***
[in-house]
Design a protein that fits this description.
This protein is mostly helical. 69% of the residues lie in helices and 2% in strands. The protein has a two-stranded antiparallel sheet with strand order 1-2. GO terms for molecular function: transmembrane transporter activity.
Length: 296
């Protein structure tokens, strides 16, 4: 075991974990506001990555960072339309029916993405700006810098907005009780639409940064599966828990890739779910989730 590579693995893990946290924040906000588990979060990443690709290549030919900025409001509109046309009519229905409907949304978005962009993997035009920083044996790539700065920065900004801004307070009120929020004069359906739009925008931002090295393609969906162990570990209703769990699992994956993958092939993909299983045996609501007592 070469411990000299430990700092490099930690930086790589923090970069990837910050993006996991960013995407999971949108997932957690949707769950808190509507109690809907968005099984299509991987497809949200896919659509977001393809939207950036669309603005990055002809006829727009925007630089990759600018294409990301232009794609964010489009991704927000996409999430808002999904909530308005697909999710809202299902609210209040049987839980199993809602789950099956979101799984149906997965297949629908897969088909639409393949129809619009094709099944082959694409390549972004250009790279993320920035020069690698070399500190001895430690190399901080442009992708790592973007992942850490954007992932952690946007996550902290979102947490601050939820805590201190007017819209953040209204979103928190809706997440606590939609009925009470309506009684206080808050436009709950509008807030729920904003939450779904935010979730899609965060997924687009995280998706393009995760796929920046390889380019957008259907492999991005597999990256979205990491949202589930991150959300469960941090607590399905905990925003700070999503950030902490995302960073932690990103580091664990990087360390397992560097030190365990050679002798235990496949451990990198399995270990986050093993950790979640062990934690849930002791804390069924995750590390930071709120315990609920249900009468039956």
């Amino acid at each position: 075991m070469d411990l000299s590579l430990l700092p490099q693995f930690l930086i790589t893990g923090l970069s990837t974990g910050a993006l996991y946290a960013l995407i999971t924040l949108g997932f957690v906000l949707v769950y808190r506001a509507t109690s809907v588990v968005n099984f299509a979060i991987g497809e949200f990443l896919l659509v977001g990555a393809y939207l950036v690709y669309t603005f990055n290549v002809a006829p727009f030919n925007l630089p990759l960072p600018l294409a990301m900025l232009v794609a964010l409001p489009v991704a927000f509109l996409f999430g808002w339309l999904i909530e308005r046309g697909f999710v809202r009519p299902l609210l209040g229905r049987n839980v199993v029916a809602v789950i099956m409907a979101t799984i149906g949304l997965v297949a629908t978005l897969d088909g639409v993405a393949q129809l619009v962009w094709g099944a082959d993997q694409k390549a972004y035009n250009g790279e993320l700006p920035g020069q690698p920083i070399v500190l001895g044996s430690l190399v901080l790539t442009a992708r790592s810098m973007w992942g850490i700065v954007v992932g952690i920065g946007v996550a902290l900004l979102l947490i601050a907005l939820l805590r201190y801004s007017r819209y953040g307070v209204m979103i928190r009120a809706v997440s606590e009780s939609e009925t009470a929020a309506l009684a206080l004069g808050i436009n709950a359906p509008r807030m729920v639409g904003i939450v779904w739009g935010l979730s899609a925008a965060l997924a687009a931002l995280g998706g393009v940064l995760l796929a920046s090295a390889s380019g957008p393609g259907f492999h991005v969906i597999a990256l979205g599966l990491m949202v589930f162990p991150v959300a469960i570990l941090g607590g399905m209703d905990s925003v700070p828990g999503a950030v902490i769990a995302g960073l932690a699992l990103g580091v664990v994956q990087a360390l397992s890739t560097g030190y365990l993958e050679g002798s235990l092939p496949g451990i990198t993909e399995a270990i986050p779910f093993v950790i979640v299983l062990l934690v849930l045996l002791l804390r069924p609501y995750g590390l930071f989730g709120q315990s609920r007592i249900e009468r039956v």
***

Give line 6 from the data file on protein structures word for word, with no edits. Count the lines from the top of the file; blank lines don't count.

């Amino acid at each position: 075991m070469d411990l000299s590579l430990l700092p490099q693995f930690l930086i790589t893990g923090l970069s990837t974990g910050a993006l996991y946290a960013l995407i999971t924040l949108g997932f957690v906000l949707v769950y808190r506001a509507t109690s809907v588990v968005n099984f299509a979060i991987g497809e949200f990443l896919l659509v977001g990555a393809y939207l950036v690709y669309t603005f990055n290549v002809a006829p727009f030919n925007l630089p990759l960072p600018l294409a990301m900025l232009v794609a964010l409001p489009v991704a927000f509109l996409f999430g808002w339309l999904i909530e308005r046309g697909f999710v809202r009519p299902l609210l209040g229905r049987n839980v199993v029916a809602v789950i099956m409907a979101t799984i149906g949304l997965v297949a629908t978005l897969d088909g639409v993405a393949q129809l619009v962009w094709g099944a082959d993997q694409k390549a972004y035009n250009g790279e993320l700006p920035g020069q690698p920083i070399v500190l001895g044996s430690l190399v901080l790539t442009a992708r790592s810098m973007w992942g850490i700065v954007v992932g952690i920065g946007v996550a902290l900004l979102l947490i601050a907005l939820l805590r201190y801004s007017r819209y953040g307070v209204m979103i928190r009120a809706v997440s606590e009780s939609e009925t009470a929020a309506l009684a206080l004069g808050i436009n709950a359906p509008r807030m729920v639409g904003i939450v779904w739009g935010l979730s899609a925008a965060l997924a687009a931002l995280g998706g393009v940064l995760l796929a920046s090295a390889s380019g957008p393609g259907f492999h991005v969906i597999a990256l979205g599966l990491m949202v589930f162990p991150v959300a469960i570990l941090g607590g399905m209703d905990s925003v700070p828990g999503a950030v902490i769990a995302g960073l932690a699992l990103g580091v664990v994956q990087a360390l397992s890739t560097g030190y365990l993958e050679g002798s235990l092939p496949g451990i990198t993909e399995a270990i986050p779910f093993v950790i979640v299983l062990l934690v849930l045996l002791l804390r069924p609501y995750g590390l930071f989730g709120q315990s609920r007592i249900e009468r039956v």